Ah, Paris. City of love, romance—and a terrifying network of skull-filled catacombs where filmmaking brothers Drew and John Erick Dowdle shot their new horror-thriller As Above So Below. “It is an extremely creepy place,” says director John Erick (Quarantine, Devil). “It really tweaks at the mind. You go down there and your pulse slows. It’s really weird.”
Tag: Summer Movies (1-10 of 198)
[Warning: This item contains Guardians of the Galaxy spoilers]
As everyone knows who stuck around to watch the Guardians of the Galaxy post-credit sequence, the film concludes with a scene featuring Benicio Del Toro’s Collector and Howard the Duck. But, according to Guardians director James Gunn, one person who may still be unaware of this is Del Toro himself.
Comic-Con may be one of the biggest movie-related shindigs on the face of the planet, but it still makes space for some of life’s smaller—not to mention Irish-er—things. That’s in reference, of course, to Leprechaun: Origins, the horror reboot starring WWE wrestler Dylan “Hornswoggle” Postl as the titular Emerald Isle monster.
John Carpenter was once among Hollywood’s most prolific filmmakers. But the man who brought us such genre classics as Halloween, The Thing, Escape From New York, and Assault on Precinct 13 has only made one movie in the past 13 years—2010’s psychological thriller The Ward—and hasn’t troubled the box office in a big way since 1998’s James Woods-starring Vampires. (And Carpenter, 66, doesn’t sound like he’s in any rush to get back behind the camera: “I worked really hard for more years than I’d like to count, but now I can pick and choose things,” says the director, who most recently co-penned a comic book follow-up to his 1986 kung fu-fantasy film Big Trouble in Little China. “I was doing too much—music and writing and all this shit. I had to take a break. I’m developing a couple of things. But we’ll see. There’s no urgency.”)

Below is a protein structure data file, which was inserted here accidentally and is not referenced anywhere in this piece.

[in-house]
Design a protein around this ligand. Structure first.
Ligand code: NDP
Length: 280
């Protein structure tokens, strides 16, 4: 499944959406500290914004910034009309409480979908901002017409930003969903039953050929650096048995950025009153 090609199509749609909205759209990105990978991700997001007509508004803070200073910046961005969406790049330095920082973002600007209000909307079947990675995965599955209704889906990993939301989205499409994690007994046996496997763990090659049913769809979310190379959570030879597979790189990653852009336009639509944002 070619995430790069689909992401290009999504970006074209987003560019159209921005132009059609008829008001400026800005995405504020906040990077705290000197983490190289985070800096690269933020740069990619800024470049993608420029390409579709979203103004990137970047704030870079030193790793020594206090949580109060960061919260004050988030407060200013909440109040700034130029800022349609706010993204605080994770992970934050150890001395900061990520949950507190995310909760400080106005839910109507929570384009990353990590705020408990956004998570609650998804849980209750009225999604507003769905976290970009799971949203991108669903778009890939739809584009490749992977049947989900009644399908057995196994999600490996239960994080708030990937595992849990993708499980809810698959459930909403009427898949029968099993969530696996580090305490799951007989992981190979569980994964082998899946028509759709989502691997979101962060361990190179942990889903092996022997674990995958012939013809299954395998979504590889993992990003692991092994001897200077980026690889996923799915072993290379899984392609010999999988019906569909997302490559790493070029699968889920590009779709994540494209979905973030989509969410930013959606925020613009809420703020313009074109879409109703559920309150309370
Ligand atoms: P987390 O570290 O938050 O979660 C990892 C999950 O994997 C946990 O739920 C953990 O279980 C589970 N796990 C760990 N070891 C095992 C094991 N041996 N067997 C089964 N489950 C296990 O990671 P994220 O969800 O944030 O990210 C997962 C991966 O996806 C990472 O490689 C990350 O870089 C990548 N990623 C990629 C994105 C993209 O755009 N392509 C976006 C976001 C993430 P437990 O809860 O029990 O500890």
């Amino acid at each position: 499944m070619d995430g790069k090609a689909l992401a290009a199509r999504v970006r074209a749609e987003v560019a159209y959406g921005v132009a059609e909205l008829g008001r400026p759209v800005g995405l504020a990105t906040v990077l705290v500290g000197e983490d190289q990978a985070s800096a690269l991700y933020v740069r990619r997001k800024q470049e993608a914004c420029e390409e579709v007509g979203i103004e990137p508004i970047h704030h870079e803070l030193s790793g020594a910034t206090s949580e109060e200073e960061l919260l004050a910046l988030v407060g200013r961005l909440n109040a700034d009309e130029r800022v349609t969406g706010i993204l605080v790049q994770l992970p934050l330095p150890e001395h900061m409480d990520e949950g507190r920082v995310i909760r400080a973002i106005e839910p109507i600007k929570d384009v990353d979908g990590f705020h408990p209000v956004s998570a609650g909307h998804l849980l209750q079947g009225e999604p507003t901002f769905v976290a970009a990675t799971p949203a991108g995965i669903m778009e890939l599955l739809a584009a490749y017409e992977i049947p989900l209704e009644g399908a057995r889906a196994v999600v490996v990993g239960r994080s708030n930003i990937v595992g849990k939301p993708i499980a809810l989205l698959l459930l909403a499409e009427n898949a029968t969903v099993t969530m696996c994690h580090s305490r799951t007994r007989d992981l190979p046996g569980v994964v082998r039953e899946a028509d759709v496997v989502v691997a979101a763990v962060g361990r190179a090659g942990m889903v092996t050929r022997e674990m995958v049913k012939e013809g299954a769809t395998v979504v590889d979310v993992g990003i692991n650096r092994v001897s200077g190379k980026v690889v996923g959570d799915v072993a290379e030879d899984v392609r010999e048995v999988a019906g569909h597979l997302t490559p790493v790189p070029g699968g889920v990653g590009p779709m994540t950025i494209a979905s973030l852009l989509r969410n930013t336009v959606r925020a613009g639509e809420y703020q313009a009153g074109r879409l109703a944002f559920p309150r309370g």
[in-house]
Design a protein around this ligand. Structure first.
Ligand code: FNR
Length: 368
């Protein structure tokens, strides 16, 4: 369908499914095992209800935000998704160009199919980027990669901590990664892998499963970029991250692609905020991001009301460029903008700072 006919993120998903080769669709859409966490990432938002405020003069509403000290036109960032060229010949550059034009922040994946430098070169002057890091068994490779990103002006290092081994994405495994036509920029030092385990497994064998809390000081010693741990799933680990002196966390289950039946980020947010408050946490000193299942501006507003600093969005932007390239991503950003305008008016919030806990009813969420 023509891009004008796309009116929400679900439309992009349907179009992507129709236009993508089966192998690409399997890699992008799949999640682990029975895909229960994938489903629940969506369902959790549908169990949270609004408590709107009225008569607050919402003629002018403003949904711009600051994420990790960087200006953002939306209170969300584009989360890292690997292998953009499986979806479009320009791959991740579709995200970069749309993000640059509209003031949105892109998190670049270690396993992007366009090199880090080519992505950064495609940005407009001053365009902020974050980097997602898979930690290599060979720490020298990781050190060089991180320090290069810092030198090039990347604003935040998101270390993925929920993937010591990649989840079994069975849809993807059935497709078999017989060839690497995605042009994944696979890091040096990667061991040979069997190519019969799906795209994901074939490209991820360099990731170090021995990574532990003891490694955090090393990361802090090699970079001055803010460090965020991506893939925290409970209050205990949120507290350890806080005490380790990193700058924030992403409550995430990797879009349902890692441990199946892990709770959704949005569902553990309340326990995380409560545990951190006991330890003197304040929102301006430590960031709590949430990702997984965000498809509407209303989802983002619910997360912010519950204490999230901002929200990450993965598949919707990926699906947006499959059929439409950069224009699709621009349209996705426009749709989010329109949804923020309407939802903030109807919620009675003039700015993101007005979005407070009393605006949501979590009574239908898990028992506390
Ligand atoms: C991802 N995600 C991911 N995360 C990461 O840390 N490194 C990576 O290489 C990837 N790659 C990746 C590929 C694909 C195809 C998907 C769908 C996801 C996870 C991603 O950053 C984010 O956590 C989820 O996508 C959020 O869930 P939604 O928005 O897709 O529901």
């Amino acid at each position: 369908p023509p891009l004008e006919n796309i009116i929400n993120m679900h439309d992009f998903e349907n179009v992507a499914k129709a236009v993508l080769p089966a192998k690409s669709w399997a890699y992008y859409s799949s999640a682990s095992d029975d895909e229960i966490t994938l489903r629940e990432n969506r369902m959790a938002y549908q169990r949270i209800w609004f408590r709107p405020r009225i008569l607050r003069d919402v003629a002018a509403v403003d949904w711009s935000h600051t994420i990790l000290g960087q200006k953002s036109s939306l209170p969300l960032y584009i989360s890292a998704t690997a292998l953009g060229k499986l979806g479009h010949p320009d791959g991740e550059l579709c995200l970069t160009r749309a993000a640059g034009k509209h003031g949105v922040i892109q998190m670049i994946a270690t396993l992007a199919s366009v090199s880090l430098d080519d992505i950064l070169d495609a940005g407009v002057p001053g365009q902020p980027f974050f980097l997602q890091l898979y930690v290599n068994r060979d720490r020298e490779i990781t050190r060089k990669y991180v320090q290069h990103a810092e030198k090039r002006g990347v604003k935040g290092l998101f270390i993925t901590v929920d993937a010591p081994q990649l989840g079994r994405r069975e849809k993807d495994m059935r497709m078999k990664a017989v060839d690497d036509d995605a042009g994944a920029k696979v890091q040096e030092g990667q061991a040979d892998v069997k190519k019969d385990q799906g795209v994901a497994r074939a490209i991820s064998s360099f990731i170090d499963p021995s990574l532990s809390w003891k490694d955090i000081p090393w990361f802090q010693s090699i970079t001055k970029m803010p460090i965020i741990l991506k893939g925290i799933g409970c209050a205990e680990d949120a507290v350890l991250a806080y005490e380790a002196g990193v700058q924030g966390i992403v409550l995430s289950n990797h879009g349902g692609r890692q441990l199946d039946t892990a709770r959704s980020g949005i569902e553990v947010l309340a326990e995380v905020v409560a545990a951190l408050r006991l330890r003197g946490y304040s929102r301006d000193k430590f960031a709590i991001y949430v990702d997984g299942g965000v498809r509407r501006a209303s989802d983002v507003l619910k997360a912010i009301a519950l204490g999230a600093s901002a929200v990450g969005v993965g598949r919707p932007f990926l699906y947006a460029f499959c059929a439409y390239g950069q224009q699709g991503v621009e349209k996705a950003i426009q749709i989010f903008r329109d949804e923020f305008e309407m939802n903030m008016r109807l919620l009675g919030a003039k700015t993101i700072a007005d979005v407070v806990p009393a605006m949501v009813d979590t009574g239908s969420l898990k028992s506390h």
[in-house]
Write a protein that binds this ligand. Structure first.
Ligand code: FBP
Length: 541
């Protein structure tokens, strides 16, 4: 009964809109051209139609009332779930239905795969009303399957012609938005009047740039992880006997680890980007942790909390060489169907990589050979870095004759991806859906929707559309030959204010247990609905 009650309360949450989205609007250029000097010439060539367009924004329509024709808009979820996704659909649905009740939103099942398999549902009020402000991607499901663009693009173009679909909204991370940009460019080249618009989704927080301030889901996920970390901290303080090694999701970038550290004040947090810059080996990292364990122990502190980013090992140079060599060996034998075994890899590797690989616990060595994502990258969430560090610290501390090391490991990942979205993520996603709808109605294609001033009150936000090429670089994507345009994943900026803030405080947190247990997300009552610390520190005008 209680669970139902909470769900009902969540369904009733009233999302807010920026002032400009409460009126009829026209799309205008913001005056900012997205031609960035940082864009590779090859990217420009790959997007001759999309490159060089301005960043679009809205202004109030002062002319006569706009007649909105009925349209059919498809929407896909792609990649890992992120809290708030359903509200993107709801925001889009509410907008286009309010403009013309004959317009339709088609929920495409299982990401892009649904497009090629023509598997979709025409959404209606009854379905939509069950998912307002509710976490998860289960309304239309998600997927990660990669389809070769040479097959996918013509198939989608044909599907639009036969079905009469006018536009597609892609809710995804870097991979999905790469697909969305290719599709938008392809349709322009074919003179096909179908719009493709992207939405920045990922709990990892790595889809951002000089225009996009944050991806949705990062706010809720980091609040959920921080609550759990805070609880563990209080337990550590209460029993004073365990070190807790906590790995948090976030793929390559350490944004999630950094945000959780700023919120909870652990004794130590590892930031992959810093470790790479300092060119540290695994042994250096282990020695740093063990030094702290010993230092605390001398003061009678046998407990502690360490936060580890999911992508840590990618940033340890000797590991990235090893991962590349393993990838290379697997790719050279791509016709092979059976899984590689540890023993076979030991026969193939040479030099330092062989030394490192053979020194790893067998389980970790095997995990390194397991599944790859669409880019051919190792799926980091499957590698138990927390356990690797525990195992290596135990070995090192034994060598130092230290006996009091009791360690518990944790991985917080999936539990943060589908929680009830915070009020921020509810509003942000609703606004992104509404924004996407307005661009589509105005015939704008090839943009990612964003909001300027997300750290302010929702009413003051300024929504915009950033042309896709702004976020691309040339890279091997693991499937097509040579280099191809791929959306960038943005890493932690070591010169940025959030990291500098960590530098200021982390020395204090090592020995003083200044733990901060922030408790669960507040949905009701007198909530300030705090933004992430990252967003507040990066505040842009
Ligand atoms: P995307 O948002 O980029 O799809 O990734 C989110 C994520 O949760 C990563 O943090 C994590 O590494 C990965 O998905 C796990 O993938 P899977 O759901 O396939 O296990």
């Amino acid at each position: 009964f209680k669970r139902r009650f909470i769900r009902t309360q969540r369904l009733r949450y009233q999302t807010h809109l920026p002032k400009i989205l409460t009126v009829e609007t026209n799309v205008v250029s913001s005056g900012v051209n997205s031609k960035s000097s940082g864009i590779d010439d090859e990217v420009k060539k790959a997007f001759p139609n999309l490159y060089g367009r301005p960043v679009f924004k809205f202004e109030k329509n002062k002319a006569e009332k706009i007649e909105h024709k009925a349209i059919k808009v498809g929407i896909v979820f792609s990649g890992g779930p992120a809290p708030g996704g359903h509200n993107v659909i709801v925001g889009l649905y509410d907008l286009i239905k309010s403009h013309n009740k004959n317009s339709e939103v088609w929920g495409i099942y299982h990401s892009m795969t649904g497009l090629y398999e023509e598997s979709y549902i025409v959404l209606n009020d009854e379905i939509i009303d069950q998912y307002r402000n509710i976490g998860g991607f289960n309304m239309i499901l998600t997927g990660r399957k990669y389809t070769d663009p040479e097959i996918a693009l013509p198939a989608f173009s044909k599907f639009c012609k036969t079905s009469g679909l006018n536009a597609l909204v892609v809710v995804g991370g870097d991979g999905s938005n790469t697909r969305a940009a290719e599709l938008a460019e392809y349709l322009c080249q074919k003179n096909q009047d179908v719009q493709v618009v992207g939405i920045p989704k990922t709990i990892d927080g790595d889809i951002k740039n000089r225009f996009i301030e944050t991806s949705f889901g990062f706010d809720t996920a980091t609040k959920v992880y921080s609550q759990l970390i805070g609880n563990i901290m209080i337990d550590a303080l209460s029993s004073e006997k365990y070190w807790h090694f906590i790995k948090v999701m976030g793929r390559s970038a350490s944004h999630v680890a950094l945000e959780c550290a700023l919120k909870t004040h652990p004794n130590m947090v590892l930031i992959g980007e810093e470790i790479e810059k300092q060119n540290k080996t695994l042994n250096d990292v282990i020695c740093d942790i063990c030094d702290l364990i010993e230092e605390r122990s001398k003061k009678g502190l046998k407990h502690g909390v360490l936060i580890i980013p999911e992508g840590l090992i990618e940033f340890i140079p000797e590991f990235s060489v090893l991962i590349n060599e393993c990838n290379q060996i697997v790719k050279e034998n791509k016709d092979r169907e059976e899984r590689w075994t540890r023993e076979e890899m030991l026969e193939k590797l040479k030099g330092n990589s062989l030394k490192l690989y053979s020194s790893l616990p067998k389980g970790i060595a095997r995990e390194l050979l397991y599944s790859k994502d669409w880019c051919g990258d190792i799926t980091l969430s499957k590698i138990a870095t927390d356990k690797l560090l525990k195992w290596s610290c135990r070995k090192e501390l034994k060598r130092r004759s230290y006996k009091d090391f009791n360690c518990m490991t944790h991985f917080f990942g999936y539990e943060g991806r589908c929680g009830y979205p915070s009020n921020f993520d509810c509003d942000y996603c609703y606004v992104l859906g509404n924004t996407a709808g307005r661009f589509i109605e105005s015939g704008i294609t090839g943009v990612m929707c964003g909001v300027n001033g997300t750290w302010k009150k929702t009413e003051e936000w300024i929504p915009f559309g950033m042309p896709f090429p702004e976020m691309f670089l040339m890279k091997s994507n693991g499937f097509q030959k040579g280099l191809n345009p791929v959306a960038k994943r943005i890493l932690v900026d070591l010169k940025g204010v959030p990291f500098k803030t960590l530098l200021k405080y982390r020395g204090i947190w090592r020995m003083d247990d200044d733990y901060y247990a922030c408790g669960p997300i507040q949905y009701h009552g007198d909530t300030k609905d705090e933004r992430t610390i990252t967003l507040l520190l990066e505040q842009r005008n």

Filmmaking debuts don’t get much more fascinating, or promising, than the horror-tinged sci-fi tale Coherence, the first feature from writer-director James Ward Byrkit, which begins its theatrical run this Friday. The film stars Emily Foxler, Maury Sterling, Elizabeth Gracen, Alex Manugian, Lauren Maher, Hugo Armstrong, Lorene Scafaria, and Buffy the Vampire Slayer vet Nicholas Brendon as a group of friends who gather together for a meal the night a comet is passing overhead and discover there is an identical dinner party, featuring eight doppelgangers, happening down the street. READ FULL STORY
In 2001, writer-directors Lucky McKee and Chris Sivertson killed off a group of cheerleaders in All Cheerleaders Die. Now, they’ve done it again in a remake of their own film, which hits theaters Friday and is also available on VOD. So why do the pair hate cheerleaders so much? READ FULL STORY
The Internet pretty much melted down yesterday with the news that a Sin City 2 poster featuring Eva Green in a very sheer gown has been deemed too explicit for public consumption by the MPAA. But who, exactly, does the French actress play in the movie?
Your summer blockbuster survival guide: 10 must-see art-house movies with no aliens, robots, or superheroes
It’s Memorial Day weekend — the unofficial start of summer — and the holiday’s top movies at the box-office will likely be X-Men, Godzilla, and Adam Sandler’s Blended, with Spider-Man 2 still swinging through multiplexes. Ever since Jaws sunk its teeth into the sweltering months of 1975, summer has been blockbuster season, and studios now jockey years in advance to lock up the best dates between Memorial Day and Labor Day for their big-budget blockbusters. A few of them turn out to be quite good, but just about all of them tend to be very, very loud.
Perhaps your eyes won’t glaze over this weekend, what with the summer still young; but a month from now, when Michael Bay’s Transformers: Age of Extinction stomps into 4,000 or so theaters, you might be numb from the relentless roar of CG action that will have pummeled you each and every weekend.
Fortunately, there is hope. Just as there was hope last summer, when Blue Jasmine, Fruitvale Station, Before Midnight, and The Spectacular Now all mercifully poked through the din to save discriminating viewers from perfunctory viewings of After Earth and The Lone Ranger. The summer before, there was Moonrise Kingdom and Beasts of the Southern Wild. See, summers at the movies don’t have to feel like a barrage of Fourth of July fireworks that go on… and on… and on… to diminishing effect.
Below are 10 promising summer movies that lack aliens, animation, robots, and superheroes. Some have come up through the festivals, while others are sitting there undiscovered like seashells on the sand, just waiting for you to pick them up. Hold them up to your ear, and see if they sound better than Godzilla’s roar. READ FULL STORY
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